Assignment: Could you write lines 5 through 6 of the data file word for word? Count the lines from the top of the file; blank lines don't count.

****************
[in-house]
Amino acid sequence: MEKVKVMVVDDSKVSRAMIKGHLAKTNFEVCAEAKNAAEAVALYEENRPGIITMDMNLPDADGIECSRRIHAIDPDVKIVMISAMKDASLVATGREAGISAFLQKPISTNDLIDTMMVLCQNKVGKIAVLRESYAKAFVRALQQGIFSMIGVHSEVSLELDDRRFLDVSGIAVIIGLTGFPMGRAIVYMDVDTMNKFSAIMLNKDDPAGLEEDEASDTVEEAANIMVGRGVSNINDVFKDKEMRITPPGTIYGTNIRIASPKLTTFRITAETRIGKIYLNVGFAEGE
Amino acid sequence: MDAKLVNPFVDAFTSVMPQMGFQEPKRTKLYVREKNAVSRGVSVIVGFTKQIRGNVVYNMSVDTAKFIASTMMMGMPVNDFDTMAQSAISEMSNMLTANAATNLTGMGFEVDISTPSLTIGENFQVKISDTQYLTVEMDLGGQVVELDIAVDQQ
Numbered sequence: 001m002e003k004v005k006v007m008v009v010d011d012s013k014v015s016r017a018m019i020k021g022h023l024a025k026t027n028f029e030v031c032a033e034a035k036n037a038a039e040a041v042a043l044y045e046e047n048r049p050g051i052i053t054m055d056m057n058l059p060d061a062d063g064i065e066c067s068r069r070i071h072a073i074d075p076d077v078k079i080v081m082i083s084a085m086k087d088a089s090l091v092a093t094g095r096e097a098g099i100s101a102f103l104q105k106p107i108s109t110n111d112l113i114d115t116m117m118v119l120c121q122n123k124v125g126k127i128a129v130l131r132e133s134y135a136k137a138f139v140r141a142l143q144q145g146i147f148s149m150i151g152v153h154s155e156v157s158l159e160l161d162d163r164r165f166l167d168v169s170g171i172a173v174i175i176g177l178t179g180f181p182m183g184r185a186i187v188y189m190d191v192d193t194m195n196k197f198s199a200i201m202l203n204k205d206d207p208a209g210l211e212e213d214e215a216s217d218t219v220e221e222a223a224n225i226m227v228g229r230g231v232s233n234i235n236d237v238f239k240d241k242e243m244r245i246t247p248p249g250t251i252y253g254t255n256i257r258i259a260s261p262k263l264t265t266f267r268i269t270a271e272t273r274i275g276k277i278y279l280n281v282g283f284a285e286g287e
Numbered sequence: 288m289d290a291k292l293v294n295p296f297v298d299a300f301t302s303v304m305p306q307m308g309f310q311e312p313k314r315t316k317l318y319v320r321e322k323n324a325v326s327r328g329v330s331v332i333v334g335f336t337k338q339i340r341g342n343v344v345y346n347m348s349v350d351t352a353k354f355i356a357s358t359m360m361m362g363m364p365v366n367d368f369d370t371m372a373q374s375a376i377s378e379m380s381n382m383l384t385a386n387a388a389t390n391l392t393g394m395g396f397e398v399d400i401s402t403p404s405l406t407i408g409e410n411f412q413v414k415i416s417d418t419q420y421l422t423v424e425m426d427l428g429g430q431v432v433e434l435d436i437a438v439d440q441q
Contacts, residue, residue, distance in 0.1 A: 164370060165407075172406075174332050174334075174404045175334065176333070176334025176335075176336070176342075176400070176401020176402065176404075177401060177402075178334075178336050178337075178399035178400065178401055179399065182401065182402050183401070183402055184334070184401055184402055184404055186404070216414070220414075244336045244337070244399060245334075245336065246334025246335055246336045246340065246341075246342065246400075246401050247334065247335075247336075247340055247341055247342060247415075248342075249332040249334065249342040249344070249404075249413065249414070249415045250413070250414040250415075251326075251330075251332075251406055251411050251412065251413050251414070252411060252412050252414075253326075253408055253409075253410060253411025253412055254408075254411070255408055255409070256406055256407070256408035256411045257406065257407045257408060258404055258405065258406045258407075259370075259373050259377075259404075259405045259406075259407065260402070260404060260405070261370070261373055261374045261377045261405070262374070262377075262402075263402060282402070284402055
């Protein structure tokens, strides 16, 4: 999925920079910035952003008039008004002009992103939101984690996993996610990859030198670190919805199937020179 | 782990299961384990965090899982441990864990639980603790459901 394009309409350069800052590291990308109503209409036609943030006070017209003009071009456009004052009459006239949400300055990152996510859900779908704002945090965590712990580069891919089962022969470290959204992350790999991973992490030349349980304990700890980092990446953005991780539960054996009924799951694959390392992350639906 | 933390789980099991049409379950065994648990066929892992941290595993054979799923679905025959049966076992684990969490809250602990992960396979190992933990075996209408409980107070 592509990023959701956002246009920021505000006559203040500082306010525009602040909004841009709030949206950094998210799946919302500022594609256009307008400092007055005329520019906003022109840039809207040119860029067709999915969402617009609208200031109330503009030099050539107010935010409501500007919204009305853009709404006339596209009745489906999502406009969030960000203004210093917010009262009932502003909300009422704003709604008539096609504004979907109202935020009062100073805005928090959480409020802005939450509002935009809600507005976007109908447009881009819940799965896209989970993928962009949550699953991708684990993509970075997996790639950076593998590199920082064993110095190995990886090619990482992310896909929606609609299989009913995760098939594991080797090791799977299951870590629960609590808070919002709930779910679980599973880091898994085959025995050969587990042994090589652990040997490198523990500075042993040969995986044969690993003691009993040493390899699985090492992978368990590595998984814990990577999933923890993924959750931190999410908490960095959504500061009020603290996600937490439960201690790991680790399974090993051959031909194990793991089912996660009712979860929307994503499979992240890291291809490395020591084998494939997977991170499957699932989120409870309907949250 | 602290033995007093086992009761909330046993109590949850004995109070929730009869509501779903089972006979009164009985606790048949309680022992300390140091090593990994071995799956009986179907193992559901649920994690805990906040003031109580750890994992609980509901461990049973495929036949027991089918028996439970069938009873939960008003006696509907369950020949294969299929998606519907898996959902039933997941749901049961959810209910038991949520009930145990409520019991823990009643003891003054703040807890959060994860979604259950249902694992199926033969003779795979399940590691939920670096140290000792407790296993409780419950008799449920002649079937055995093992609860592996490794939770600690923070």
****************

Numbered sequence: 288m289d290a291k292l293v294n295p296f297v298d299a300f301t302s303v304m305p306q307m308g309f310q311e312p313k314r315t316k317l318y319v320r321e322k323n324a325v326s327r328g329v330s331v332i333v334g335f336t337k338q339i340r341g342n343v344v345y346n347m348s349v350d351t352a353k354f355i356a357s358t359m360m361m362g363m364p365v366n367d368f369d370t371m372a373q374s375a376i377s378e379m380s381n382m383l384t385a386n387a388a389t390n391l392t393g394m395g396f397e398v399d400i401s402t403p404s405l406t407i408g409e410n411f412q413v414k415i416s417d418t419q420y421l422t423v424e425m426d427l428g429g430q431v432v433e434l435d436i437a438v439d440q441q
Contacts, residue, residue, distance in 0.1 A: 164370060165407075172406075174332050174334075174404045175334065176333070176334025176335075176336070176342075176400070176401020176402065176404075177401060177402075178334075178336050178337075178399035178400065178401055179399065182401065182402050183401070183402055184334070184401055184402055184404055186404070216414070220414075244336045244337070244399060245334075245336065246334025246335055246336045246340065246341075246342065246400075246401050247334065247335075247336075247340055247341055247342060247415075248342075249332040249334065249342040249344070249404075249413065249414070249415045250413070250414040250415075251326075251330075251332075251406055251411050251412065251413050251414070252411060252412050252414075253326075253408055253409075253410060253411025253412055254408075254411070255408055255409070256406055256407070256408035256411045257406065257407045257408060258404055258405065258406045258407075259370075259373050259377075259404075259405045259406075259407065260402070260404060260405070261370070261373055261374045261377045261405070262374070262377075262402075263402060282402070284402055